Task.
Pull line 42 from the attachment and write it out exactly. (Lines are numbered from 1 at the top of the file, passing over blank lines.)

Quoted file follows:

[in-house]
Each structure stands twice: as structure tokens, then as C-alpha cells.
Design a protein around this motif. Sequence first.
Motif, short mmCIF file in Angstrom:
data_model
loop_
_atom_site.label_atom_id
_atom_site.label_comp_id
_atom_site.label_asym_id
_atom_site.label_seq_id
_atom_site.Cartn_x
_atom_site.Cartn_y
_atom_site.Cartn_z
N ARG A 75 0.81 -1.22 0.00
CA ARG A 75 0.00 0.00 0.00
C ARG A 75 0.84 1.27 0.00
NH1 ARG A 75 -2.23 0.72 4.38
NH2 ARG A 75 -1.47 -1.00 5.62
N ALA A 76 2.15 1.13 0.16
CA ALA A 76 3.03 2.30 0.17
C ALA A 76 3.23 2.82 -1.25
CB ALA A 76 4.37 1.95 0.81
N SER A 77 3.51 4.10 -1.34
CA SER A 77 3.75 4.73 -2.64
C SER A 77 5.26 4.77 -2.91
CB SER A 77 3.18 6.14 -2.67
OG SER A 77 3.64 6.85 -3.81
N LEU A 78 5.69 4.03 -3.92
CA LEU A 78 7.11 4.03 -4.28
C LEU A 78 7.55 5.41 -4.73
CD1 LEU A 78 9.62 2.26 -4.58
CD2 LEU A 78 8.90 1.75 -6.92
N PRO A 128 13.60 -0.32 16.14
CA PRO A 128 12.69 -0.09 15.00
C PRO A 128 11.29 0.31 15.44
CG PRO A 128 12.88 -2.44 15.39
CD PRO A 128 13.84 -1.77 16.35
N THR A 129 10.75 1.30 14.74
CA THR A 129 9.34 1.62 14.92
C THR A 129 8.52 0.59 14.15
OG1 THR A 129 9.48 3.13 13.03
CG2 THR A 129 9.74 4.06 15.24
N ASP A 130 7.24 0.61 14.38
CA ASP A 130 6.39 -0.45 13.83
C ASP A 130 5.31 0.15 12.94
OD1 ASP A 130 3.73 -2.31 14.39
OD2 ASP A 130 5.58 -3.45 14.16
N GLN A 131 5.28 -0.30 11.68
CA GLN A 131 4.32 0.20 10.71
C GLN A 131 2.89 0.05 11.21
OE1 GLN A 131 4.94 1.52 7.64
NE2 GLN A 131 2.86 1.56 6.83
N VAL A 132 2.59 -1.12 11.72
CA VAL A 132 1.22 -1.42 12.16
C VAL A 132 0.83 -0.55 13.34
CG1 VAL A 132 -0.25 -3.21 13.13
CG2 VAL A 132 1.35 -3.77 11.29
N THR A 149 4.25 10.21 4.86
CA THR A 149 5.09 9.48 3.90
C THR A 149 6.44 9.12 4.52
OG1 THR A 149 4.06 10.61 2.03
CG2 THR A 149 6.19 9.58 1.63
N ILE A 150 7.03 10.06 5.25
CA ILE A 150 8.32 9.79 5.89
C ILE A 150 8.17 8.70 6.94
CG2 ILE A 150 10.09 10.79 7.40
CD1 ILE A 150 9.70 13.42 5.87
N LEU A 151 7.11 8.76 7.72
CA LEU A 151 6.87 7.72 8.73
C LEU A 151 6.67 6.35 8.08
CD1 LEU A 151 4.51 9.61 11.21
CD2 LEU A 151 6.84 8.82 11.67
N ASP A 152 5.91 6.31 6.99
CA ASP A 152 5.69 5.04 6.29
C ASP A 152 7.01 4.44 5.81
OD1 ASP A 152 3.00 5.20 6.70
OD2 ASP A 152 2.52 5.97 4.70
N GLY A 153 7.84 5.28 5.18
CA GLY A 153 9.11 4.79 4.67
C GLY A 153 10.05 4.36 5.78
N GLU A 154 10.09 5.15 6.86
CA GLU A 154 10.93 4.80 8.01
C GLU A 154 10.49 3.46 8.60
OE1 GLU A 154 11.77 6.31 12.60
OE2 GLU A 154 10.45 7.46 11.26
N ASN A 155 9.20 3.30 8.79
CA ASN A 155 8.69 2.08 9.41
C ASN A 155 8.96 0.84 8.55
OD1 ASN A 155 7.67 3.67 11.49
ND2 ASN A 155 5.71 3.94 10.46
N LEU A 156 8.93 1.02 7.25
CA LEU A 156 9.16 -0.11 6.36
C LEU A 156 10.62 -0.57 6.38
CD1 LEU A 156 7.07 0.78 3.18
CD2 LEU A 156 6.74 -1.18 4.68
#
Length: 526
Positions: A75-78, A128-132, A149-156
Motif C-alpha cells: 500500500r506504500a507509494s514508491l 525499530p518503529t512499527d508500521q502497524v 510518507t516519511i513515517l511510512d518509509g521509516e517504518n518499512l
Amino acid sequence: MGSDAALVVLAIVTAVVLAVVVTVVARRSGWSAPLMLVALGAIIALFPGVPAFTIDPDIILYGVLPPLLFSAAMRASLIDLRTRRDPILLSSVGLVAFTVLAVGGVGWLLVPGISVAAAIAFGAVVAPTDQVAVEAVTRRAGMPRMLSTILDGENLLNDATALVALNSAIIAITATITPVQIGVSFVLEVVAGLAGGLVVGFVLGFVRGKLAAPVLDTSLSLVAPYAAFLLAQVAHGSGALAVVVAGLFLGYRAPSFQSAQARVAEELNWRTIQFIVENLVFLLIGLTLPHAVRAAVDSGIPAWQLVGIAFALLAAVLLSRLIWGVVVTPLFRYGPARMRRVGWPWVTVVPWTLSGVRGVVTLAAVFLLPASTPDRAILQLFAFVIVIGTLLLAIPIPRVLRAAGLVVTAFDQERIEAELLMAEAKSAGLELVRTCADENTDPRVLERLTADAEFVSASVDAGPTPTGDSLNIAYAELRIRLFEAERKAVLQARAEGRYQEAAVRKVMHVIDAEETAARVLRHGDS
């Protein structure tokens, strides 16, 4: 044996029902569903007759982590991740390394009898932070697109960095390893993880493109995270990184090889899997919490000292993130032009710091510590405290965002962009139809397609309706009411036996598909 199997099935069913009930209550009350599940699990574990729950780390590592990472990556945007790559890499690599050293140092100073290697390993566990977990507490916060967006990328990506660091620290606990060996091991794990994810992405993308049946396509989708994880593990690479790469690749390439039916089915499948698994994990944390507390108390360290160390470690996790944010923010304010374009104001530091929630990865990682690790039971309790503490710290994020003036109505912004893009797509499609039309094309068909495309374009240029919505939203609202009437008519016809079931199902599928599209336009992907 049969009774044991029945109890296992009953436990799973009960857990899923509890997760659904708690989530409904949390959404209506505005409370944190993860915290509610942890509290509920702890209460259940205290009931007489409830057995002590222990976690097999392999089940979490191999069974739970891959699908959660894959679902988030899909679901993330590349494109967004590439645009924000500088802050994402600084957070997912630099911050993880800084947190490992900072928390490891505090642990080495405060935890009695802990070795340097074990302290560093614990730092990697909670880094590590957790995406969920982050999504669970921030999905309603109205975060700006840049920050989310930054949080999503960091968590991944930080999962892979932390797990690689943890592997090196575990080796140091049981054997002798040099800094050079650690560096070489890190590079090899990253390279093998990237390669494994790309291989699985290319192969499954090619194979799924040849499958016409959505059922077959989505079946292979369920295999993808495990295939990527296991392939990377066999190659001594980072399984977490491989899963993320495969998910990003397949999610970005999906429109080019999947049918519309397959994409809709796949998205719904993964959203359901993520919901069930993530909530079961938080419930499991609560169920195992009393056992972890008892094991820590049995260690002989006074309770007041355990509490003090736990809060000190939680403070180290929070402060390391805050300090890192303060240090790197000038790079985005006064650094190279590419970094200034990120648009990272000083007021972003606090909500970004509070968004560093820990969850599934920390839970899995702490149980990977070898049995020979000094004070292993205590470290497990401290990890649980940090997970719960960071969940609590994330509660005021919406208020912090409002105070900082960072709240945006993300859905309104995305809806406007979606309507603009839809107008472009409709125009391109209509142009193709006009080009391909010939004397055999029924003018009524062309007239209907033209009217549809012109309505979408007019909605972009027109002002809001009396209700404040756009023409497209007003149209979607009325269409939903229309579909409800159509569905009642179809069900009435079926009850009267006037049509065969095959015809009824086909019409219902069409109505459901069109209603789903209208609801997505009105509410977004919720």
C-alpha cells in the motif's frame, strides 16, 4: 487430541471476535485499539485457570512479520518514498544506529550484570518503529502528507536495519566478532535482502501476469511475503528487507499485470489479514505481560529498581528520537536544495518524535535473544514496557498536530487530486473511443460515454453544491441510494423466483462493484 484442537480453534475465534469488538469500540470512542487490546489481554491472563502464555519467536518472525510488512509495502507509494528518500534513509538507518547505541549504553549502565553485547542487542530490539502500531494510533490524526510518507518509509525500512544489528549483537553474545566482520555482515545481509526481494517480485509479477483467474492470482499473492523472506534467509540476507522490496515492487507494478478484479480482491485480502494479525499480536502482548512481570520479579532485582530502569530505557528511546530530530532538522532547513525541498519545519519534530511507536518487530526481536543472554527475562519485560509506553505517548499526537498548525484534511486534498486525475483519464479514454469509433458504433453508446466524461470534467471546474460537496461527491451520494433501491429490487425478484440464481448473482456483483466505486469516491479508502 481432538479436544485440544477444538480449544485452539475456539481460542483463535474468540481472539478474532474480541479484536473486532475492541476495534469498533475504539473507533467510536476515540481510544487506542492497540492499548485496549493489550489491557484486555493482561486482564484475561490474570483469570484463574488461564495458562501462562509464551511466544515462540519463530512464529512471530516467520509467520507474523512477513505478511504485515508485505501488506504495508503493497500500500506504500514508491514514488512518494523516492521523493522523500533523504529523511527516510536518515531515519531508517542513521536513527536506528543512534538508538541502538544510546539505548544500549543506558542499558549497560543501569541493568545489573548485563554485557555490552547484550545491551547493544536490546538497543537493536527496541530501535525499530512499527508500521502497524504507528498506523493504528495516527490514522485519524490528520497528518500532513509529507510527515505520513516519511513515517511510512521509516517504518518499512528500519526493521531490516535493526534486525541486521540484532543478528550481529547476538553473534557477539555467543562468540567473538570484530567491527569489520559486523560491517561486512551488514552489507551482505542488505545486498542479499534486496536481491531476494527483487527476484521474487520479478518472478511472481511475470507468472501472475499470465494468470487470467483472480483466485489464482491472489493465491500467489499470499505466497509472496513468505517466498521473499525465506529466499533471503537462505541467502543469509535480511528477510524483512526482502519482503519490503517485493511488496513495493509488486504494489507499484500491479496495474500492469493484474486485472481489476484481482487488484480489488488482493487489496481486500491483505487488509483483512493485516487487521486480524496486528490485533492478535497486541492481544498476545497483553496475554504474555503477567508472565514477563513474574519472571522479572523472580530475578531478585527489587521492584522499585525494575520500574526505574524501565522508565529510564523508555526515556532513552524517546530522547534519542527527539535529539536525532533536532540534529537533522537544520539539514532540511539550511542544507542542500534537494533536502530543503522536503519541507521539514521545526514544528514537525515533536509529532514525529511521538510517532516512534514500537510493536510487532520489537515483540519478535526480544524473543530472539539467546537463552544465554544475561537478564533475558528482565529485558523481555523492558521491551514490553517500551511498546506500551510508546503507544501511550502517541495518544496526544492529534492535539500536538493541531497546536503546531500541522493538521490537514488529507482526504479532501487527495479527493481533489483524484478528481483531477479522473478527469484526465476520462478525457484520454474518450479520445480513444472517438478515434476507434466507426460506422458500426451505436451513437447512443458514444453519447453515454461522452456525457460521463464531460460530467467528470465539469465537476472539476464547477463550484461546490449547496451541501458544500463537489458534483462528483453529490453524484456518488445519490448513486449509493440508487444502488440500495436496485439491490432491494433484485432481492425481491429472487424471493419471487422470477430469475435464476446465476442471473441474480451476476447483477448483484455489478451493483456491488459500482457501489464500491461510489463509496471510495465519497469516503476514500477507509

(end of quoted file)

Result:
CG2 THR A 129 9.74 4.06 15.24